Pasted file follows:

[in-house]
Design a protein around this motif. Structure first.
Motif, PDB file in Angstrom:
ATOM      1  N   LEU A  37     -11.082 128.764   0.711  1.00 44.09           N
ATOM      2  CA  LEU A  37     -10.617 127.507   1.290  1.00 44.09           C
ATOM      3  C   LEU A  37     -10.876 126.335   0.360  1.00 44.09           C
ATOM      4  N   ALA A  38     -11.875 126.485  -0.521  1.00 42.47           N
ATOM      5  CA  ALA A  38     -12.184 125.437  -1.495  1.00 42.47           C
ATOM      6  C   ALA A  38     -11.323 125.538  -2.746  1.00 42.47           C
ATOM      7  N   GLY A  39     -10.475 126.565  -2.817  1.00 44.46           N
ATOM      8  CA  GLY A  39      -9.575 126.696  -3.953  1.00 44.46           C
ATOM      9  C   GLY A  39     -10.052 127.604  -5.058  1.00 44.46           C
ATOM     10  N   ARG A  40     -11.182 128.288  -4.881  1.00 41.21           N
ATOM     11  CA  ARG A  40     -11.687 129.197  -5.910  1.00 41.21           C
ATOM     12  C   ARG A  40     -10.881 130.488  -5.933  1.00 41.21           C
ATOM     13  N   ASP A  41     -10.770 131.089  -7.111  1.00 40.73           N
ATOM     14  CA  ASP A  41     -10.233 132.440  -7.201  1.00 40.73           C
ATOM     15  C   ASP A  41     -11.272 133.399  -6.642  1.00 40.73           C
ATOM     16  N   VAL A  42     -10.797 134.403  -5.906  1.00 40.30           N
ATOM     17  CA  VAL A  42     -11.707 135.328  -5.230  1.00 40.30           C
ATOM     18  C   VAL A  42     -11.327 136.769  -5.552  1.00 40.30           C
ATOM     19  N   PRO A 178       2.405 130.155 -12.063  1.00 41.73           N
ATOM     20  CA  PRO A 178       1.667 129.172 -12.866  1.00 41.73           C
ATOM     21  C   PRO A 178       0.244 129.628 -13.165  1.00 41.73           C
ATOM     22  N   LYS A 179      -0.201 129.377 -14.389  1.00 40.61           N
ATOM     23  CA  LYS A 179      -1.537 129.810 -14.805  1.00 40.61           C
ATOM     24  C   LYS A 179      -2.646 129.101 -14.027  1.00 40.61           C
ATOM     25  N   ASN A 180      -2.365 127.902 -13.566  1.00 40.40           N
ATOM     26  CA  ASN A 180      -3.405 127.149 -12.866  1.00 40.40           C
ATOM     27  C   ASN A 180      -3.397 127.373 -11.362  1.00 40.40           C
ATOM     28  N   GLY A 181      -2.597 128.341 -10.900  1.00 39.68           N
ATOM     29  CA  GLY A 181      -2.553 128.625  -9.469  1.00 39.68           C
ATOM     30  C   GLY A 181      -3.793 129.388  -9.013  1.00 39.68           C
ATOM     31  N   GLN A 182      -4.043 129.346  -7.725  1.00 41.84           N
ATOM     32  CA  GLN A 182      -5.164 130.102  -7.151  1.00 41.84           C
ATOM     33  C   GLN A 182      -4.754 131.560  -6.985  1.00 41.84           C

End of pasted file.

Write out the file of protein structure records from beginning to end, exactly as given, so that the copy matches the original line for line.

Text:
[in-house]
Design a protein around this motif. Structure first.
Motif, PDB file in Angstrom:
ATOM      1  N   LEU A  37     -11.082 128.764   0.711  1.00 44.09           N
ATOM      2  CA  LEU A  37     -10.617 127.507   1.290  1.00 44.09           C
ATOM      3  C   LEU A  37     -10.876 126.335   0.360  1.00 44.09           C
ATOM      4  N   ALA A  38     -11.875 126.485  -0.521  1.00 42.47           N
ATOM      5  CA  ALA A  38     -12.184 125.437  -1.495  1.00 42.47           C
ATOM      6  C   ALA A  38     -11.323 125.538  -2.746  1.00 42.47           C
ATOM      7  N   GLY A  39     -10.475 126.565  -2.817  1.00 44.46           N
ATOM      8  CA  GLY A  39      -9.575 126.696  -3.953  1.00 44.46           C
ATOM      9  C   GLY A  39     -10.052 127.604  -5.058  1.00 44.46           C
ATOM     10  N   ARG A  40     -11.182 128.288  -4.881  1.00 41.21           N
ATOM     11  CA  ARG A  40     -11.687 129.197  -5.910  1.00 41.21           C
ATOM     12  C   ARG A  40     -10.881 130.488  -5.933  1.00 41.21           C
ATOM     13  N   ASP A  41     -10.770 131.089  -7.111  1.00 40.73           N
ATOM     14  CA  ASP A  41     -10.233 132.440  -7.201  1.00 40.73           C
ATOM     15  C   ASP A  41     -11.272 133.399  -6.642  1.00 40.73           C
ATOM     16  N   VAL A  42     -10.797 134.403  -5.906  1.00 40.30           N
ATOM     17  CA  VAL A  42     -11.707 135.328  -5.230  1.00 40.30           C
ATOM     18  C   VAL A  42     -11.327 136.769  -5.552  1.00 40.30           C
ATOM     19  N   PRO A 178       2.405 130.155 -12.063  1.00 41.73           N
ATOM     20  CA  PRO A 178       1.667 129.172 -12.866  1.00 41.73           C
ATOM     21  C   PRO A 178       0.244 129.628 -13.165  1.00 41.73           C
ATOM     22  N   LYS A 179      -0.201 129.377 -14.389  1.00 40.61           N
ATOM     23  CA  LYS A 179      -1.537 129.810 -14.805  1.00 40.61           C
ATOM     24  C   LYS A 179      -2.646 129.101 -14.027  1.00 40.61           C
ATOM     25  N   ASN A 180      -2.365 127.902 -13.566  1.00 40.40           N
ATOM     26  CA  ASN A 180      -3.405 127.149 -12.866  1.00 40.40           C
ATOM     27  C   ASN A 180      -3.397 127.373 -11.362  1.00 40.40           C
ATOM     28  N   GLY A 181      -2.597 128.341 -10.900  1.00 39.68           N
ATOM     29  CA  GLY A 181      -2.553 128.625  -9.469  1.00 39.68           C
ATOM     30  C   GLY A 181      -3.793 129.388  -9.013  1.00 39.68           C
ATOM     31  N   GLN A 182      -4.043 129.346  -7.725  1.00 41.84           N
ATOM     32  CA  GLN A 182      -5.164 130.102  -7.151  1.00 41.84           C
ATOM     33  C   GLN A 182      -4.754 131.560  -6.985  1.00 41.84           C